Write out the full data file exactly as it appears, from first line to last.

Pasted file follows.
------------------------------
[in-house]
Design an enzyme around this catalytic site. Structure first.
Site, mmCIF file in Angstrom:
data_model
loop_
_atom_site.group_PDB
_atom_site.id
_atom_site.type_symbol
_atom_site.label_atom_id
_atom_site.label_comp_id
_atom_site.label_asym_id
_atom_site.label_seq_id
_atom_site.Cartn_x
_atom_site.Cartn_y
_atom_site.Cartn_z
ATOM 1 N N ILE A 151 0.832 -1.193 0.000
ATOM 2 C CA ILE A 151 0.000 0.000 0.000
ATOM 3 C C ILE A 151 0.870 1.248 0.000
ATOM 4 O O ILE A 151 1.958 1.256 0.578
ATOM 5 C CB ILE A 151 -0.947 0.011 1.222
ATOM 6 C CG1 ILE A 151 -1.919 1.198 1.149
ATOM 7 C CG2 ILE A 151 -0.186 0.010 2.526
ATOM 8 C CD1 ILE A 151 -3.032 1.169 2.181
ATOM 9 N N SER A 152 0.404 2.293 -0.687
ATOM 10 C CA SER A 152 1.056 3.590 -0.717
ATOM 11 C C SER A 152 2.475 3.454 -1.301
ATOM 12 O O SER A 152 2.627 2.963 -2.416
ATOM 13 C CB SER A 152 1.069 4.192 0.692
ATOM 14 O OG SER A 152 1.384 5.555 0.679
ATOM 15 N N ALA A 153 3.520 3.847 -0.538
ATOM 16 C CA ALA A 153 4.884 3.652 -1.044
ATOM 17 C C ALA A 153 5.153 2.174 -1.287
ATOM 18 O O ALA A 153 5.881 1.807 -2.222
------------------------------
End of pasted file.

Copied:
[in-house]
Design an enzyme around this catalytic site. Structure first.
Site, mmCIF file in Angstrom:
data_model
loop_
_atom_site.group_PDB
_atom_site.id
_atom_site.type_symbol
_atom_site.label_atom_id
_atom_site.label_comp_id
_atom_site.label_asym_id
_atom_site.label_seq_id
_atom_site.Cartn_x
_atom_site.Cartn_y
_atom_site.Cartn_z
ATOM 1 N N ILE A 151 0.832 -1.193 0.000
ATOM 2 C CA ILE A 151 0.000 0.000 0.000
ATOM 3 C C ILE A 151 0.870 1.248 0.000
ATOM 4 O O ILE A 151 1.958 1.256 0.578
ATOM 5 C CB ILE A 151 -0.947 0.011 1.222
ATOM 6 C CG1 ILE A 151 -1.919 1.198 1.149
ATOM 7 C CG2 ILE A 151 -0.186 0.010 2.526
ATOM 8 C CD1 ILE A 151 -3.032 1.169 2.181
ATOM 9 N N SER A 152 0.404 2.293 -0.687
ATOM 10 C CA SER A 152 1.056 3.590 -0.717
ATOM 11 C C SER A 152 2.475 3.454 -1.301
ATOM 12 O O SER A 152 2.627 2.963 -2.416
ATOM 13 C CB SER A 152 1.069 4.192 0.692
ATOM 14 O OG SER A 152 1.384 5.555 0.679
ATOM 15 N N ALA A 153 3.520 3.847 -0.538
ATOM 16 C CA ALA A 153 4.884 3.652 -1.044
ATOM 17 C C ALA A 153 5.153 2.174 -1.287
ATOM 18 O O ALA A 153 5.881 1.807 -2.222